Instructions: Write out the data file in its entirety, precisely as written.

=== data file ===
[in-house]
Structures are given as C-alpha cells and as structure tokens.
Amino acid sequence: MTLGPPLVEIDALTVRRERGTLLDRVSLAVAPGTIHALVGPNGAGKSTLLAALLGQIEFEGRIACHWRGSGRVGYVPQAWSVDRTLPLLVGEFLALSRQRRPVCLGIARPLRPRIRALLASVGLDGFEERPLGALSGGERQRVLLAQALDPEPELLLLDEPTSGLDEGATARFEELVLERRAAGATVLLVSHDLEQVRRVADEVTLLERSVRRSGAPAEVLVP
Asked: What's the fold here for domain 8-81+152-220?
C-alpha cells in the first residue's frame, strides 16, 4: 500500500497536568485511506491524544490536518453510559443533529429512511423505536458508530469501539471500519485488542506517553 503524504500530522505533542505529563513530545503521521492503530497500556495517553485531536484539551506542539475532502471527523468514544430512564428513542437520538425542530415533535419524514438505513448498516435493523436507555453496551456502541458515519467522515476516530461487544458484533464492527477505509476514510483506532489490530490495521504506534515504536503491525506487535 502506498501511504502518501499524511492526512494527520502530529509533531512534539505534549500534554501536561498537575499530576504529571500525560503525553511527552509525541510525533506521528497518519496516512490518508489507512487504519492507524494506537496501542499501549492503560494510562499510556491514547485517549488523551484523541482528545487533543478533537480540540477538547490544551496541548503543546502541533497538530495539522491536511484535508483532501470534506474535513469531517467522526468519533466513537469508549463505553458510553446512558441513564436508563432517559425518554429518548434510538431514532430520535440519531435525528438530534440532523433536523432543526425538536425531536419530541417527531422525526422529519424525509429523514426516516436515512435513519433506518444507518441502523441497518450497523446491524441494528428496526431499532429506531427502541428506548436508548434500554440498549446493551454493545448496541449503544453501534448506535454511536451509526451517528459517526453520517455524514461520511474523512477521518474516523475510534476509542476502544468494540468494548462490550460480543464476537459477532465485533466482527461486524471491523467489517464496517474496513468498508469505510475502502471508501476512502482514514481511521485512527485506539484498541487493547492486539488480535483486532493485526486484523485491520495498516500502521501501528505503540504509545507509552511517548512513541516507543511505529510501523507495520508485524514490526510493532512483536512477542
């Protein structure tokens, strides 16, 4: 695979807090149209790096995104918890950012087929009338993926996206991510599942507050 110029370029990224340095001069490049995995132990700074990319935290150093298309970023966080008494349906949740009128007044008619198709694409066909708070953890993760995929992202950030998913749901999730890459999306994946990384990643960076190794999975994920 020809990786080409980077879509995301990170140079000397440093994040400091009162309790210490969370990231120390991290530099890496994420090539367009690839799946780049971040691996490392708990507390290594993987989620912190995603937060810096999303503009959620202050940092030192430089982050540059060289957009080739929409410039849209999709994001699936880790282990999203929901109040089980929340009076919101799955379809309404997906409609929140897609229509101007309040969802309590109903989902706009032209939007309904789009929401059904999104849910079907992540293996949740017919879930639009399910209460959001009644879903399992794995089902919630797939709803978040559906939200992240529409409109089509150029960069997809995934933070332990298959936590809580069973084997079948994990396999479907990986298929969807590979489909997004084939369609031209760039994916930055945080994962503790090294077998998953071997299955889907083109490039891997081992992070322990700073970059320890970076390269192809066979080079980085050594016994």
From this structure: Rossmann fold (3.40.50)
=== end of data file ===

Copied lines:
[in-house]
Structures are given as C-alpha cells and as structure tokens.
Amino acid sequence: MTLGPPLVEIDALTVRRERGTLLDRVSLAVAPGTIHALVGPNGAGKSTLLAALLGQIEFEGRIACHWRGSGRVGYVPQAWSVDRTLPLLVGEFLALSRQRRPVCLGIARPLRPRIRALLASVGLDGFEERPLGALSGGERQRVLLAQALDPEPELLLLDEPTSGLDEGATARFEELVLERRAAGATVLLVSHDLEQVRRVADEVTLLERSVRRSGAPAEVLVP
Asked: What's the fold here for domain 8-81+152-220?
C-alpha cells in the first residue's frame, strides 16, 4: 500500500497536568485511506491524544490536518453510559443533529429512511423505536458508530469501539471500519485488542506517553 503524504500530522505533542505529563513530545503521521492503530497500556495517553485531536484539551506542539475532502471527523468514544430512564428513542437520538425542530415533535419524514438505513448498516435493523436507555453496551456502541458515519467522515476516530461487544458484533464492527477505509476514510483506532489490530490495521504506534515504536503491525506487535 502506498501511504502518501499524511492526512494527520502530529509533531512534539505534549500534554501536561498537575499530576504529571500525560503525553511527552509525541510525533506521528497518519496516512490518508489507512487504519492507524494506537496501542499501549492503560494510562499510556491514547485517549488523551484523541482528545487533543478533537480540540477538547490544551496541548503543546502541533497538530495539522491536511484535508483532501470534506474535513469531517467522526468519533466513537469508549463505553458510553446512558441513564436508563432517559425518554429518548434510538431514532430520535440519531435525528438530534440532523433536523432543526425538536425531536419530541417527531422525526422529519424525509429523514426516516436515512435513519433506518444507518441502523441497518450497523446491524441494528428496526431499532429506531427502541428506548436508548434500554440498549446493551454493545448496541449503544453501534448506535454511536451509526451517528459517526453520517455524514461520511474523512477521518474516523475510534476509542476502544468494540468494548462490550460480543464476537459477532465485533466482527461486524471491523467489517464496517474496513468498508469505510475502502471508501476512502482514514481511521485512527485506539484498541487493547492486539488480535483486532493485526486484523485491520495498516500502521501501528505503540504509545507509552511517548512513541516507543511505529510501523507495520508485524514490526510493532512483536512477542
């Protein structure tokens, strides 16, 4: 695979807090149209790096995104918890950012087929009338993926996206991510599942507050 110029370029990224340095001069490049995995132990700074990319935290150093298309970023966080008494349906949740009128007044008619198709694409066909708070953890993760995929992202950030998913749901999730890459999306994946990384990643960076190794999975994920 020809990786080409980077879509995301990170140079000397440093994040400091009162309790210490969370990231120390991290530099890496994420090539367009690839799946780049971040691996490392708990507390290594993987989620912190995603937060810096999303503009959620202050940092030192430089982050540059060289957009080739929409410039849209999709994001699936880790282990999203929901109040089980929340009076919101799955379809309404997906409609929140897609229509101007309040969802309590109903989902706009032209939007309904789009929401059904999104849910079907992540293996949740017919879930639009399910209460959001009644879903399992794995089902919630797939709803978040559906939200992240529409409109089509150029960069997809995934933070332990298959936590809580069973084997079948994990396999479907990986298929969807590979489909997004084939369609031209760039994916930055945080994962503790090294077998998953071997299955889907083109490039891997081992992070322990700073970059320890970076390269192809066979080079980085050594016994």
From this structure: Rossmann fold (3.40.50)